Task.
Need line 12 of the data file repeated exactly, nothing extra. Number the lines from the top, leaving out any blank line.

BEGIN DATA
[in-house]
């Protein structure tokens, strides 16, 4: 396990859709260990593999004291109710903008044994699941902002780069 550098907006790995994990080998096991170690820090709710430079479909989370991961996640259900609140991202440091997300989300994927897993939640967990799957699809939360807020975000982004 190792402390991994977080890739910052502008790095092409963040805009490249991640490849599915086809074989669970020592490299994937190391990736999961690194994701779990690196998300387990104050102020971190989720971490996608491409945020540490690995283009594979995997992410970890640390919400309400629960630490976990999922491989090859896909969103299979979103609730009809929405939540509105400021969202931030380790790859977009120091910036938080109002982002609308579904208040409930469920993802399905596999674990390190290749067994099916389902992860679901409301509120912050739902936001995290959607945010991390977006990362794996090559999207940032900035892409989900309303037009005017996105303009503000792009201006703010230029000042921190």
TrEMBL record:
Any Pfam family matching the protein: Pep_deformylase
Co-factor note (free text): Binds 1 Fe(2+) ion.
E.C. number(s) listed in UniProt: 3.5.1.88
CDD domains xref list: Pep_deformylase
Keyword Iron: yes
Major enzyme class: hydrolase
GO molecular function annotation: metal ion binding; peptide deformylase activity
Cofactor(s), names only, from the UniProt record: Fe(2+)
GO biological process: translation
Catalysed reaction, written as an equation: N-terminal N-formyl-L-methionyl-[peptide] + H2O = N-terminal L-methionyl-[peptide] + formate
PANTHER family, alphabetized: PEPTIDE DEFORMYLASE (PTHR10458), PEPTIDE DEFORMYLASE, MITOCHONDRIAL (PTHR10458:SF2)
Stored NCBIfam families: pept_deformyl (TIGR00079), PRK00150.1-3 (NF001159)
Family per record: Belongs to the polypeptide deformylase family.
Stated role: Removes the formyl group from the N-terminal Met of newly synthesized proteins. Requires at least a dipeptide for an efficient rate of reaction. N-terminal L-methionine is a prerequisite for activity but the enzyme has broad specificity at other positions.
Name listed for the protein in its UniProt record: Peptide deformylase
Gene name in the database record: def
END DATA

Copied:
GO biological process: translation